Since the seminal work of Bardeen-Cooper and Schrieffer (BCS) that unveiled the microscopic mechanisms of superconductivity, it has been known that in fermionic ensembles superfluidity could arise through Cooper pairing of particles with opposite spins. The issue of the robustness of the BCS order against spin imbalance was first addressedby Clogston and Chandrasekar who suggested that the superfluid would oppose any attempt at mismatching the Fermi surface of the two species.This prediction received its confirmation by recent experiments on lithium atoms performed nearly simultaneously in Rice and MIT where it was observed that when the spin populations of a strongly interacting trapped superfluid are imbalanced, the cloud forms a shell structure, with at its center a perfectly balanced superfluid phase. Despite these converging results on the inner shell, a controversy arose on the number of different phases observed: While Rice's group observed a fully polarized superfluid at center surrounded by an ideal gas of majority atoms at the rim, MIT obtained an additional intermediate phase where both spin species coexist with unequal densities.Although the controversy is not fully settled, strong theoretical evidences based mainly on Monte Carlo simulations confirm the existence of the intermediate normal phase. We will show how the most salient features of the experiments can be recovered from a study of a single fermionic impurity immersed in the Fermi Sea of majority atoms. We will show in particular that we recover without any adjustable parameters some of the results obtained at MIT, such as the density profile or the critical polarization above which the superfluid core vanishes.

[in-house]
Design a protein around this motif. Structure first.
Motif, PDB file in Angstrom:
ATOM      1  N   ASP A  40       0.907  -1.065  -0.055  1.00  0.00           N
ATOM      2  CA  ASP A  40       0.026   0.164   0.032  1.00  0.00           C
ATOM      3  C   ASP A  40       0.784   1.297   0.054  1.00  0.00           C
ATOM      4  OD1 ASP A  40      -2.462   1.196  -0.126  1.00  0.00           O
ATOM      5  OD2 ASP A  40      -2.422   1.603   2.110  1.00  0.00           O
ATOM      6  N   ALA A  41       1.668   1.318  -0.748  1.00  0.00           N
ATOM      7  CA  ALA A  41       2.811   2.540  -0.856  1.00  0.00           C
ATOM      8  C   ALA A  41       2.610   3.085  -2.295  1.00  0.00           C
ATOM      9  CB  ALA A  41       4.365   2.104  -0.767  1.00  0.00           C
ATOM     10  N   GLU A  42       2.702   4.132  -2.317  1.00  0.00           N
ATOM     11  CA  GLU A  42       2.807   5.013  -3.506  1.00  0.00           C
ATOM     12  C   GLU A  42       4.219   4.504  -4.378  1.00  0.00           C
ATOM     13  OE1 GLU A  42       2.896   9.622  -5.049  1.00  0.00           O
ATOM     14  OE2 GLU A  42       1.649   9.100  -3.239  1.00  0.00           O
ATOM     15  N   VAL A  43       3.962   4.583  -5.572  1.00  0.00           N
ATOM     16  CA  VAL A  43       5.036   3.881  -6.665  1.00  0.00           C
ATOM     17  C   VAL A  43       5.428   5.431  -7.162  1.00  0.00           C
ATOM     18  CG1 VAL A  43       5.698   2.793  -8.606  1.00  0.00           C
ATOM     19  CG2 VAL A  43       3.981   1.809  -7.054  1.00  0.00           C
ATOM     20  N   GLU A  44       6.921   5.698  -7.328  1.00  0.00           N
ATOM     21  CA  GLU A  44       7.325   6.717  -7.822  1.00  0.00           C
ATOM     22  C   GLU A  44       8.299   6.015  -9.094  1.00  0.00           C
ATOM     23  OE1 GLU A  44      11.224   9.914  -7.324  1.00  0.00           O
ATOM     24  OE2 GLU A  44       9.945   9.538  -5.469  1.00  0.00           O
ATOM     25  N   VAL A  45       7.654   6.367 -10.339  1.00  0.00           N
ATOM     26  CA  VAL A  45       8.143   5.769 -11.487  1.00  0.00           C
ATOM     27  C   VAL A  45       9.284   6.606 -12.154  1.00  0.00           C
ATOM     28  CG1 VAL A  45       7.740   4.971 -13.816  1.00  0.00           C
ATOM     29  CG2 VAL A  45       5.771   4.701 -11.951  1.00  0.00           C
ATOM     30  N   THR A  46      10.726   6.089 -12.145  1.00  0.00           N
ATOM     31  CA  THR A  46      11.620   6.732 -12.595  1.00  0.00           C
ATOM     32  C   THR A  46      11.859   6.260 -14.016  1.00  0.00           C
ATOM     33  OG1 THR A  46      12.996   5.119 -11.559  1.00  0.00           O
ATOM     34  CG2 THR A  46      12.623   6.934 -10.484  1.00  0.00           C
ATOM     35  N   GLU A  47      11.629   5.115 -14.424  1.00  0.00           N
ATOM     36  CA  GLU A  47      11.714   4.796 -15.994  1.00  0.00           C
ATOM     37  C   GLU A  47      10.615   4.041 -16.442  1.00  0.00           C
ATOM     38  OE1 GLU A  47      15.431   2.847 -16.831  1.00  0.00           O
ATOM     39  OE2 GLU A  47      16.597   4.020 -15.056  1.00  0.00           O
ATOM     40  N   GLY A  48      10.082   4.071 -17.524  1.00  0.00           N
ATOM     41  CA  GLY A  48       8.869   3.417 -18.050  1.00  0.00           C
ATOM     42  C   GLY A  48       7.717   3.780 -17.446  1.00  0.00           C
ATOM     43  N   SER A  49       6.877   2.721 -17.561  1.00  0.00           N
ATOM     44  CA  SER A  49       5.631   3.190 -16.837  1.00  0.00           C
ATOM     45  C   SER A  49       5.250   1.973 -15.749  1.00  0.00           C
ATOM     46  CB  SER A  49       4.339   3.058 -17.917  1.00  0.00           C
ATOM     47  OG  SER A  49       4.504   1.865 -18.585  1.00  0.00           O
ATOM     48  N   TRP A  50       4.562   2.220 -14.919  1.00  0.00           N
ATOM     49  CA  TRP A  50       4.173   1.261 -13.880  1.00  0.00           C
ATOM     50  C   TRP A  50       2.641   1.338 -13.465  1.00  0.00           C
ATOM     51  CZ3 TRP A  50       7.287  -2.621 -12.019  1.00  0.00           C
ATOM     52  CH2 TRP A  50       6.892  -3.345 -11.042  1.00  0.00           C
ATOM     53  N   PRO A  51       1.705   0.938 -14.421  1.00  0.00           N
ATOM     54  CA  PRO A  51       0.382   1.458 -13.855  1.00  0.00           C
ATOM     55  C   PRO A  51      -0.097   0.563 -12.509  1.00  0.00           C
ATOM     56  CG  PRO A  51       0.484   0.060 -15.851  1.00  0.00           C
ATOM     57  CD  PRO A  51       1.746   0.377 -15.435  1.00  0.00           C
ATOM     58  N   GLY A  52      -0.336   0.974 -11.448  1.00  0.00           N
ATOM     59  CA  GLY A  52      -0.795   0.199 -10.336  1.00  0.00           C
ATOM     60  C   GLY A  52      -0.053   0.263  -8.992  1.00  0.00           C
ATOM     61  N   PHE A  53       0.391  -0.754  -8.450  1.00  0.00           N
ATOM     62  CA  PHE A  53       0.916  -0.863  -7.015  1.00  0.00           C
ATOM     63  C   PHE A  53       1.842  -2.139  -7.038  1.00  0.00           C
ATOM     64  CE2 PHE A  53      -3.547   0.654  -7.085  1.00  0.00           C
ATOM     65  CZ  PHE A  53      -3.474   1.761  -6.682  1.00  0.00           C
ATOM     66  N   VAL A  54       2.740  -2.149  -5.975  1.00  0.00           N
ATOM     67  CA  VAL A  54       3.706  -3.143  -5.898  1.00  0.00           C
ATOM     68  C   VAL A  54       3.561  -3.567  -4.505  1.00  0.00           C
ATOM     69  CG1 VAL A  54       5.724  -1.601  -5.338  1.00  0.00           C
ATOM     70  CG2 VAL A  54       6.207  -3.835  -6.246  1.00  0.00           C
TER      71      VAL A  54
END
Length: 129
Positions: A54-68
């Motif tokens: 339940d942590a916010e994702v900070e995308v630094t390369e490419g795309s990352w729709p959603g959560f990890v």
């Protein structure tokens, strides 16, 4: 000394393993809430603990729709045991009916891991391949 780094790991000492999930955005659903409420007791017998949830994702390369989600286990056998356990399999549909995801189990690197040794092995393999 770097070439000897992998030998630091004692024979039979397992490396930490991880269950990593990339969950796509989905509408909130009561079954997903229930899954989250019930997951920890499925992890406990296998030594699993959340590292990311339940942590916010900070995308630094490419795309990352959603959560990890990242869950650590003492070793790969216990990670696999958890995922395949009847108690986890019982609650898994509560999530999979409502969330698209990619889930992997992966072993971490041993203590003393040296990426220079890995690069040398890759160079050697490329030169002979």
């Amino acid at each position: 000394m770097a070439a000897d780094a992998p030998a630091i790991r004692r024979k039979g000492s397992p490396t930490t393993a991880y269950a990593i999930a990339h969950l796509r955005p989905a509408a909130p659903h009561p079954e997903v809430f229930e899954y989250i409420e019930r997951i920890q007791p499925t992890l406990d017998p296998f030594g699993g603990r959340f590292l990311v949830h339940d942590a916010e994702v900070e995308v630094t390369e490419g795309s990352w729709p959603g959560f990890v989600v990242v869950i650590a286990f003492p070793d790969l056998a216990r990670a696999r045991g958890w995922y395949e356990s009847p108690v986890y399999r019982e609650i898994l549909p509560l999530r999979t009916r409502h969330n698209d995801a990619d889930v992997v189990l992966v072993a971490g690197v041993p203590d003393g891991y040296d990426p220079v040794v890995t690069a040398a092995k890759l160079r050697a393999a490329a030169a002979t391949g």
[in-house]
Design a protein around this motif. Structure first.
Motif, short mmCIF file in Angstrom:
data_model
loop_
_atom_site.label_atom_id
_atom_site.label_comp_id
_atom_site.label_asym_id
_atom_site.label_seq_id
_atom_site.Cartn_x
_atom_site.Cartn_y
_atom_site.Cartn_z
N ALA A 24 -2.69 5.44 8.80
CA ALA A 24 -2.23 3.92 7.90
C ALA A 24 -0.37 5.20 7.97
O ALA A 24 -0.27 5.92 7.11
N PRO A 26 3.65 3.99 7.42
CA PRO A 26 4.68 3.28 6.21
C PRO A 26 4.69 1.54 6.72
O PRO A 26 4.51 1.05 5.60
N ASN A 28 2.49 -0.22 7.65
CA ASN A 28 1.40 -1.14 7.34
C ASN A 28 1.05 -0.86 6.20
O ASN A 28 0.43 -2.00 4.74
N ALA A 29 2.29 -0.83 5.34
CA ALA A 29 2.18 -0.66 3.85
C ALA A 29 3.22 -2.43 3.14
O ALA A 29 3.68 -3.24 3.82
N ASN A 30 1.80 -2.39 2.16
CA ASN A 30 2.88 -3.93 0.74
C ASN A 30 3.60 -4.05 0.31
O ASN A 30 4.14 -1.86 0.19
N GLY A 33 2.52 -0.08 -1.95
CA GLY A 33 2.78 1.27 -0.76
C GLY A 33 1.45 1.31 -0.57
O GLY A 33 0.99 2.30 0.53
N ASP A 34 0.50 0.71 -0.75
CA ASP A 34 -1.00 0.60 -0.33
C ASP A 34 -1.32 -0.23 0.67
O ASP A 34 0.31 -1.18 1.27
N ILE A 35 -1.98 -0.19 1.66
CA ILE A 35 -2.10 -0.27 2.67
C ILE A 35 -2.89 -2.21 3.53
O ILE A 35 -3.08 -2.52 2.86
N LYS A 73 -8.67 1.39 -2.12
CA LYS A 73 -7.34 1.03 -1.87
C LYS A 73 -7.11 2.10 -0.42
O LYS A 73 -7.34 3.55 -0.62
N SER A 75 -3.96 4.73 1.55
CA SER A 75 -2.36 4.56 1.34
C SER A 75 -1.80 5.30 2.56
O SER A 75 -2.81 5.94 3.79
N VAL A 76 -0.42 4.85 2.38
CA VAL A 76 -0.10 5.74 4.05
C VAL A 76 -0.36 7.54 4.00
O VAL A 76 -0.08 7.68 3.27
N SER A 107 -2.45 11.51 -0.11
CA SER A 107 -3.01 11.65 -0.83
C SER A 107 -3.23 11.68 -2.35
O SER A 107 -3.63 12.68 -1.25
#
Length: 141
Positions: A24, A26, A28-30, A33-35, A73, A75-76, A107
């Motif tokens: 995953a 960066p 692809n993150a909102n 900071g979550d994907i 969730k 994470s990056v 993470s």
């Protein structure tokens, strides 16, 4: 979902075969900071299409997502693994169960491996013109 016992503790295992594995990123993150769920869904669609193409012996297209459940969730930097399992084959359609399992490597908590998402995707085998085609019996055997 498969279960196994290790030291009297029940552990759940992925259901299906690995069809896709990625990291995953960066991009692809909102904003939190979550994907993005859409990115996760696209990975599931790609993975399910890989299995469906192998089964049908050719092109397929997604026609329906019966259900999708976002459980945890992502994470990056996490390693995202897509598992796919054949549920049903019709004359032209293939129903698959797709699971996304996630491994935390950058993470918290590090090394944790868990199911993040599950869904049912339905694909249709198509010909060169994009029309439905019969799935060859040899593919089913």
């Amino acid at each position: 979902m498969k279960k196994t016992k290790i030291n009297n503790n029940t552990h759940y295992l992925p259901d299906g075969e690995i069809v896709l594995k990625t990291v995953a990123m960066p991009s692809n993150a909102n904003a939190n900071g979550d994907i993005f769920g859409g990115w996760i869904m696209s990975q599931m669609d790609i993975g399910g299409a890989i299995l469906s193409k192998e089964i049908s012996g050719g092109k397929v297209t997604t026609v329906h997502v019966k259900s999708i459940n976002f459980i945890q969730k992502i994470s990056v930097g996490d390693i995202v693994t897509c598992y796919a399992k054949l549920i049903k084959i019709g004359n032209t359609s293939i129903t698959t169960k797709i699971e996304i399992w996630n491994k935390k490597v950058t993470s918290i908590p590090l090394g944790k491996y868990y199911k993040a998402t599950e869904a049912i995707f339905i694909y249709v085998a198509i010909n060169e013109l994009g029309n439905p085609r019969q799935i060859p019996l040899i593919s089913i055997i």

10 Minute Talk: Search for the electron's electric dipole moment with cold ThO molecules